Even Patrick Stewart’s Professor Xavier is looking his worst. And so is their associate Caliban. Hopelessness is the primary theme of Logan and it’s translated so well onto the screen you simply feel like crying. Jackman did his best as Logan whether at moments of joy, sadness or his berserk rage, the thespian gave it his all. Wolverine is my second-favorite comic-book hero with Superman being the first. And to see my sophomore-prized individual portrayed so well gave me tears of joy. The ending of the movie is the most emotional one yet for a superhero picture.
Boyd Holbrook, who was dull and bland in Netflix’s Narcos as DEA Agent Steve Murphy, is menacingly on-point as the villain Donald Pierce. Richard E. Grant and Stephen Merchant also gave excellent performances as Doctor Rice and Caliban respectively. What I didn’t expect was such awesome acting by the newbie to the franchise, Dafne Keen, who played Laura AKA X-23. She was as wonderful as Jackman and Stewart and I hope to see her in upcoming ventures.
I could also say that Logan is more of a character-based movie than a narrative one. Sure, there are many twists in the plot as the movie progresses, but our attention is always focused on the road-trip trio. You want to know what will happen to these three primary characters and that suspense is what drives the plot forward. I’ve been an X-Men fan since I was nine years old and this was an emotional rollercoaster of an action flick for me.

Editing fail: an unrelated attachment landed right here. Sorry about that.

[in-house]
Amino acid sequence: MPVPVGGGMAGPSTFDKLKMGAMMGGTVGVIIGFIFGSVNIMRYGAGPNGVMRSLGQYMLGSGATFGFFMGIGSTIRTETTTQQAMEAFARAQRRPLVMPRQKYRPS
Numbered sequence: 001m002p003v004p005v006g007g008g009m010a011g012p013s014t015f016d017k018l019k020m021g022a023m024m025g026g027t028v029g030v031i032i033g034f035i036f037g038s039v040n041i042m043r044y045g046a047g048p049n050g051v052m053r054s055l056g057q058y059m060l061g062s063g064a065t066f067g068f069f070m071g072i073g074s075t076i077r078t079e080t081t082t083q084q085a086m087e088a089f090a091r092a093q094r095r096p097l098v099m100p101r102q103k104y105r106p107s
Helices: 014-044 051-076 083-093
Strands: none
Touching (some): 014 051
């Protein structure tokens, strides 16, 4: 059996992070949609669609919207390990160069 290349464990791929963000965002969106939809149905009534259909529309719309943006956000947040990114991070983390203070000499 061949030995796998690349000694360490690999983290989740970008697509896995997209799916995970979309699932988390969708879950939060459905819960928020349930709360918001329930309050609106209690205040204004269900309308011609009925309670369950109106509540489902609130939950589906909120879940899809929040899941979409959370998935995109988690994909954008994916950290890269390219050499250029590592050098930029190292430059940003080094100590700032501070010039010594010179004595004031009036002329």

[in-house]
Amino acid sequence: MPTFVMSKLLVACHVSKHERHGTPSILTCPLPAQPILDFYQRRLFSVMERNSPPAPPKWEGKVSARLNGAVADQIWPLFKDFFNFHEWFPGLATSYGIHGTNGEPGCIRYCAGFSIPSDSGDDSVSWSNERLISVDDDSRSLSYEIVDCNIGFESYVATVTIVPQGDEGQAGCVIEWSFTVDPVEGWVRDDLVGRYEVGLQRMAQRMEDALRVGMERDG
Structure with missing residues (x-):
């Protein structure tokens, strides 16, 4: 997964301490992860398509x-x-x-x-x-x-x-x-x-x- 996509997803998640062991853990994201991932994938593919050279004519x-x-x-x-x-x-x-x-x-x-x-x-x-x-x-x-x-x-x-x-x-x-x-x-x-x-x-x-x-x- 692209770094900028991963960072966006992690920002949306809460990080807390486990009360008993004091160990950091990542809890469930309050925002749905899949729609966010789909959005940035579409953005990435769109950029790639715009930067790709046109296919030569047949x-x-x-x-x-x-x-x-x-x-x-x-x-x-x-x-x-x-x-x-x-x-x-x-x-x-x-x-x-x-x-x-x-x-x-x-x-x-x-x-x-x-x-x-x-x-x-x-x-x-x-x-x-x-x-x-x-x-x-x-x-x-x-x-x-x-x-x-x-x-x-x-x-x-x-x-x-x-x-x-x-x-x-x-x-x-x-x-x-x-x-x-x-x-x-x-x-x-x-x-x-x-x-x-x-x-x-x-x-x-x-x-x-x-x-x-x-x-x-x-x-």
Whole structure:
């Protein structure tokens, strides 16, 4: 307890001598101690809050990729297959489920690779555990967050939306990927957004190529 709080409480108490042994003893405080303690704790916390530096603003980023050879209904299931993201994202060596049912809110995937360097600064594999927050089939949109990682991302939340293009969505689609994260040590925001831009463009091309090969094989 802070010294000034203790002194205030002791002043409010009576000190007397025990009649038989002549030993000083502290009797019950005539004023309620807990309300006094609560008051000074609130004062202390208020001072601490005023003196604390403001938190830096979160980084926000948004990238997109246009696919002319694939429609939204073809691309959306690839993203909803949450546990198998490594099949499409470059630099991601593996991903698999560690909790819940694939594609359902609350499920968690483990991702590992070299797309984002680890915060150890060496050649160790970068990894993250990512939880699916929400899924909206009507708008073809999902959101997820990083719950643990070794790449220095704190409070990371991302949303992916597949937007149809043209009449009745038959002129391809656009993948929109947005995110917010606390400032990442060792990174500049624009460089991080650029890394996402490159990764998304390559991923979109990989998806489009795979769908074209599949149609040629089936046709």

Praise must be given again to the fight sequences. The most thrilling of which were those between Wolverine and X-24. I have to say I didn’t see a new Wolverine clone being introduced in the movie. That part where the clone stabs Professor X made me jump in my seat. And Wolverine’s emotional outburst after burying his mentor is one of the most sentimental sequences depicted on celluloid.
The Bad: Logan is not without its flaws. There were two main faults: The slow pacing and unexplained events. The former can be forgiven as the gradual pacing does suit the narrative at times, yet at other moments, the movie becomes tediously sluggish. Still, it’s a farewell flick, and it wasn’t meant to be fast paced.
In case of the following point, there were no flashbacks to depict the backstory. This issue is resolved by dialogues stating that one of Professor Xavier’s seizures caused seven mutant deaths at Westchester where the X-Mansion is located. And later on Doctor Rice reveals that he wiped out mutantkind by a virus the Transigen Project created to curb the mutant population and create their own mutants as weapons. Still, those new to the series might not be able to grasp the pre-narrative events until halfway into the running time.
The Verdict: Logan is a must-watch for comic-book fans and non-enthusiasts alike. It’s distinct from the typical comic-book adaptations, and its R rating only adds to its uniqueness. It isn’t the finest X-Men installment, that honor belongs to Deadpool, but it surely is the penultimate-best one to date.